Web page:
When you are facing an imminent threat, you may make a decision that will change your life. Many experience the “fight or flight” response, and if there is nowhere to flee, your body may be ready to fight. However, if you are subsequently charged with battery despite justifiable actions, you may not know what to do. Luckily, with the help of a Peoria violent crime lawyer, you may be able to prove that you were acting in self-defense. Keep reading to learn what you must know about these charges and how you can help prove that your actions were justified.
In Illinois, battery and assault charges, though incorrectly used interchangeably, are very different. Assault occurs when someone threatens or attempts to commit harm, whereas battery happens when physical contact is made.
Battery is often charged as a Class A misdemeanor and warrants up to one year behind bars and a $2,500 fine. However, if substantial bodily harm is inflicted or a weapon is used, this can increase the charges to aggravated battery. This is a Class 3 felony charge, incurring one to three years in prison and a $25,000 fine.
When you commit an act of violence in order to protect yourself from danger, this is often referred to as self-defense. In Illinois, this is justified when someone uses force to the extent they believe necessary to protect themselves from another person’s threat of harm. Additionally, if using force that could cause death or bodily harm is necessary, it must be because they believe that is the only thing that will nullify the threat.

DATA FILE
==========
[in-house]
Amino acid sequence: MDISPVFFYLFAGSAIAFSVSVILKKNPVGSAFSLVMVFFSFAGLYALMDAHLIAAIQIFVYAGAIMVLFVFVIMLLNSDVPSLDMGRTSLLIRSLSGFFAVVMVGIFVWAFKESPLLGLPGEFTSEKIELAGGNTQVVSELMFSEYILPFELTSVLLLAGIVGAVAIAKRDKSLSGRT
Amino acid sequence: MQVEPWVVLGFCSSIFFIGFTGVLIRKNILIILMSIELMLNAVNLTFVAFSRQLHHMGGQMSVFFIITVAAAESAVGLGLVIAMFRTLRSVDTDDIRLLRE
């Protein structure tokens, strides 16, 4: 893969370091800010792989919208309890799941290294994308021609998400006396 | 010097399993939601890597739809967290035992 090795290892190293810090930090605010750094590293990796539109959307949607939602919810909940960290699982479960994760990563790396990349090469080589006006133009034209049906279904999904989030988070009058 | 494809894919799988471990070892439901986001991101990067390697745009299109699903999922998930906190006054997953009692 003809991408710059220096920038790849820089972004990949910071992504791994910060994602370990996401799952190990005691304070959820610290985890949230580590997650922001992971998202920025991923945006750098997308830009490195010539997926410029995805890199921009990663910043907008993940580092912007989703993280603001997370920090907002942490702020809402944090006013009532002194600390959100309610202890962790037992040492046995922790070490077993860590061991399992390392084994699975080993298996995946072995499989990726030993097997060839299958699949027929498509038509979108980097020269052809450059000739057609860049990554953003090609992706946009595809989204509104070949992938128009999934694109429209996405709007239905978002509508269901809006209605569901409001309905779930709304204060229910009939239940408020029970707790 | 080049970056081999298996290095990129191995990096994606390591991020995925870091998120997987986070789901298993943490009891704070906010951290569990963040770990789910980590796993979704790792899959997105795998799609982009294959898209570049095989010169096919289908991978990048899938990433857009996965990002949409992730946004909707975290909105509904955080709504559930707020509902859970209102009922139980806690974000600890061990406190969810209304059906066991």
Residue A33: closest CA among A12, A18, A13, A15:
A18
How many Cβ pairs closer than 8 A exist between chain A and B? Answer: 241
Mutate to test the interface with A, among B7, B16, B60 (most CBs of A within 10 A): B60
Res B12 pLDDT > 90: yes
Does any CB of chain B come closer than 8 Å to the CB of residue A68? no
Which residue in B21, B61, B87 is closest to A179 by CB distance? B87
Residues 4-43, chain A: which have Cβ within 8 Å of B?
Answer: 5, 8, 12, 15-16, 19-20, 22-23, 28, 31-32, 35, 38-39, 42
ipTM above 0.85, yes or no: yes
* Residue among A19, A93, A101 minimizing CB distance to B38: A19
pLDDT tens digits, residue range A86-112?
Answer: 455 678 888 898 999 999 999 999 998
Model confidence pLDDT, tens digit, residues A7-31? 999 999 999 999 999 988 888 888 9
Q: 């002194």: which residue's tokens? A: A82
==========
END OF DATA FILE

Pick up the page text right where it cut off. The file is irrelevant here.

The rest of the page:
Proving self-defense can be challenging, as it can often be a “he said, she said” situation. As such, having evidence to back up your claim is critical to proving that you were a victim doing what was necessary to protect yourself.
One of the primary things that can help your case is documenting your injuries after the altercation. In many instances, specific injuries are consistent with self-defense, helping to prove that you were not the aggressor. Additionally, if video captured or witnesses saw the incident, this can be used to help prove your innocence.
Additionally, victims of domestic violence may be able to prove they did what was necessary to escape. For example, hospital records showing repeated injuries, text messages between the abuser and their victim, and police records showing a number of responses to the home for calls regarding domestic violence can all be used to show the defendant acted in self-defense.
If you acted in self-defense, it’s essential to connect with the legal team at Giraudo Law. Unfortunately, you may find that trying to navigate the legal system on your own, especially as a criminal defendant charged with a violent crime, can be incredibly difficult. As such, our team is committed to doing everything possible to help you in these challenging times. Contact us today to learn how we can represent you.